Both systems also rely on extensive psychic exploitation to perpetuate their rule.  Sometimes psychic exploitation occurs only in the mental sphere and sometimes partially in the mental sphere and partially in other spheres such as the economic, political, cultural or religious spheres.  In the economic sphere one social group, guided by a particular type of social sentiment, exploits another group.  First the exploiters inject the idea into the minds of the exploited and that the latter are degraded, while the former are elevated and so entitled to greater rights, even to the extent of exploiting the weaker community.  The exploiters become first class citizens and the exploited become second-class citizens.

Throughout history whenever one group exploited another in the economic sphere, they first created psychic exploitation by infusing inferiority complexes into the minds of the exploited people.  In each case of economic exploitation, psychic exploitation was the foundation, coupled with continuous cunning attempts to create inferiority complexes.

Economic exploitation is perpetuated in two ways – one is psycho-economic exploitation and the other is politico-economic exploitation.  When psycho-economic exploitation is combined with politico-economic exploitation it becomes doubly dangerous.  Through economic exploitation one community or class tries to forcibly dominate another class for economic gain.  The intention of the exploiters is to use the exploited community and their resources as sources for raw materials.  For example, increasingly manufacturing industries are being located in South Korea, Taiwan and the Philippines because of the cheap labor and right wing sympathies.  In other cases multinationals invest in countries like Australia, Brazil or Argentina to exploit the raw materials and send the profits out of the local country to overseas parent companies with little or no benefit to the local economy.  The net result of economic exploitation or economic imperialism is that the exploited people find themselves reduced to being the suppliers of raw material or cheap labor and markets for finished products to satisfy rich and powerful interests.  Because the exploited community is financially handicapped or lacks the political will it develops a fear complex born of impotency and poverty and is forced to enslave itself to more powerful countries.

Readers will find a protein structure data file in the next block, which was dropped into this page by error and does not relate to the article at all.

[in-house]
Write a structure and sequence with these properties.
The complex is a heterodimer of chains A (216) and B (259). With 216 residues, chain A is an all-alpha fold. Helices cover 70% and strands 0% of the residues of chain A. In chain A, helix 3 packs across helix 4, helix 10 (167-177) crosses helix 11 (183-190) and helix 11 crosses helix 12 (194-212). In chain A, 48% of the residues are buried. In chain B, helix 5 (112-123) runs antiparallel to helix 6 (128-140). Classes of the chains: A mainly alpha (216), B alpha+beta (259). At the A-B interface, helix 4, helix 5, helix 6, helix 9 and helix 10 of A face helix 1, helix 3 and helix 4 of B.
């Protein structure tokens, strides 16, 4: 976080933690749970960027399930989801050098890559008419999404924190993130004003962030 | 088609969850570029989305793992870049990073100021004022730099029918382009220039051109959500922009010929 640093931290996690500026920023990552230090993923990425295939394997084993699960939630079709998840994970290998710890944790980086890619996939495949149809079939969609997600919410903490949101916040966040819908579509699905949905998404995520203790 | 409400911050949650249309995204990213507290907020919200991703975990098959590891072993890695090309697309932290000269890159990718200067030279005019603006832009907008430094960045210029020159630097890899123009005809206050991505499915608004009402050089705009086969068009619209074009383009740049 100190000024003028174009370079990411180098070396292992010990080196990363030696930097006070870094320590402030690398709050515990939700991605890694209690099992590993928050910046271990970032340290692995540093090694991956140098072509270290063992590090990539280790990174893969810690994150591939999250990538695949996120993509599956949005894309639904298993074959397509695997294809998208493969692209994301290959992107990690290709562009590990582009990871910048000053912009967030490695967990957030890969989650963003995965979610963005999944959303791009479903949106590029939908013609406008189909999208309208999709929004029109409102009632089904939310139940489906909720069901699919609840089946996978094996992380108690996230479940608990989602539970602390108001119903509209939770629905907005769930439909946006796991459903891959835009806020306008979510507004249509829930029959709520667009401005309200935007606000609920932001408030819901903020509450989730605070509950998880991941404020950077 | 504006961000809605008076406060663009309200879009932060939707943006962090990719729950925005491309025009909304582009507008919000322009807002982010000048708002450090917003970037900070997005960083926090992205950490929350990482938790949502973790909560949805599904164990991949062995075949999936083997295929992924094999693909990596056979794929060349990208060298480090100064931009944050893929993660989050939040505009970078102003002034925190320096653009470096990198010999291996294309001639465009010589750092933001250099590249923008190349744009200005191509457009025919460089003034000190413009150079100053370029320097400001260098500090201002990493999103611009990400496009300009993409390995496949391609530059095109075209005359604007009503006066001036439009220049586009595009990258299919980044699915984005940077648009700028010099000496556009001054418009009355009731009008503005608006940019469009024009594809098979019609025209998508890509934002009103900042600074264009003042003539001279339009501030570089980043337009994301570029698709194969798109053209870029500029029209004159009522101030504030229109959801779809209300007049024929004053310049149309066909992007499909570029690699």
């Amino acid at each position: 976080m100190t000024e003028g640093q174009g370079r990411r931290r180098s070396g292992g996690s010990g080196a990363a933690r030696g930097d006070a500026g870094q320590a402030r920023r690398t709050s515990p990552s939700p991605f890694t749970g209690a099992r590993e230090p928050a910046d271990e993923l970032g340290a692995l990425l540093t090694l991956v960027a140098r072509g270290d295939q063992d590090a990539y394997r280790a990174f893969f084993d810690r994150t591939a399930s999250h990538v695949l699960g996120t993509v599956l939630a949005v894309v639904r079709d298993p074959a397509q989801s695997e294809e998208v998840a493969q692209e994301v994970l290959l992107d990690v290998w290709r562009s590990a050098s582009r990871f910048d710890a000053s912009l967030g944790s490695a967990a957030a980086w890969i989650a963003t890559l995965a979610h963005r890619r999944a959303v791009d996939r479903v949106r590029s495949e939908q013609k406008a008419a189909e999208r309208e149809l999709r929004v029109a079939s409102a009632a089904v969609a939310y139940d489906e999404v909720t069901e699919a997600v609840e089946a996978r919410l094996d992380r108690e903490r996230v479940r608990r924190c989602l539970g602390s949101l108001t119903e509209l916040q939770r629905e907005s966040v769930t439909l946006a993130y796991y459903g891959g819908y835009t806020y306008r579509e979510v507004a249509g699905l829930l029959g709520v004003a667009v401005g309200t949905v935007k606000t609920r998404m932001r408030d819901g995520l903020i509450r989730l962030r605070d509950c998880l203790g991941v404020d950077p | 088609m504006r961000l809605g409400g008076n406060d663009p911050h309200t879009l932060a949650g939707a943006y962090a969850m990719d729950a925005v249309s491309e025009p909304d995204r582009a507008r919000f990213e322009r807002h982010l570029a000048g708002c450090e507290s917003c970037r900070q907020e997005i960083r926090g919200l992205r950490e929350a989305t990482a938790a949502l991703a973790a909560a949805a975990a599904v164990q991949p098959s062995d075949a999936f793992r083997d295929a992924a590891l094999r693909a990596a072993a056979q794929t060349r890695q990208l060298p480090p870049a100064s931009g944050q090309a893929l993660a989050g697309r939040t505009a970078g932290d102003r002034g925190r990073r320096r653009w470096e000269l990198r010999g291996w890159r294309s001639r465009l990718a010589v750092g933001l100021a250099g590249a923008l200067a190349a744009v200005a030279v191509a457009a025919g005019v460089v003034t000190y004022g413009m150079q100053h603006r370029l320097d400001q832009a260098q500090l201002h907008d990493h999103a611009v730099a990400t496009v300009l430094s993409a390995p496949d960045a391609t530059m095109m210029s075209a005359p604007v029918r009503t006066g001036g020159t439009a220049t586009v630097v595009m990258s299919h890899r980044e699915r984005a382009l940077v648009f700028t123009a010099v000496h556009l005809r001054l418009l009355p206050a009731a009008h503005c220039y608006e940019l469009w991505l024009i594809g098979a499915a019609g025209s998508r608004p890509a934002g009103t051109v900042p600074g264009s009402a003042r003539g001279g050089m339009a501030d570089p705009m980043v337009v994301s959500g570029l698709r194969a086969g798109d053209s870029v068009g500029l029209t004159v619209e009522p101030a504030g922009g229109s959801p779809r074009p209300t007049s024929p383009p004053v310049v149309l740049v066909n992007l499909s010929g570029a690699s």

The main difference between politico-economic exploitation and psycho-economic exploitation is that the former is perpetuated by physical force, exemplified by Third World dictatorships, while the latter is done through devious strategies and pseudo-culture, exemplified by multinational exploitation of Australia and Europe.

In order to save humanity from economic exploitation arising from socio-sentiments, people’s consciousness must be raised; otherwise they will never be able to successfully resist psycho-economic or politico-economic exploitation.  In India the masses were inspired to fight for independence without raising their consciousness.  As a consequence India ultimately attained political freedom but has not yet attained politico-economic independence, and even today is still the victim of psycho-economic and politico-economic exploitation.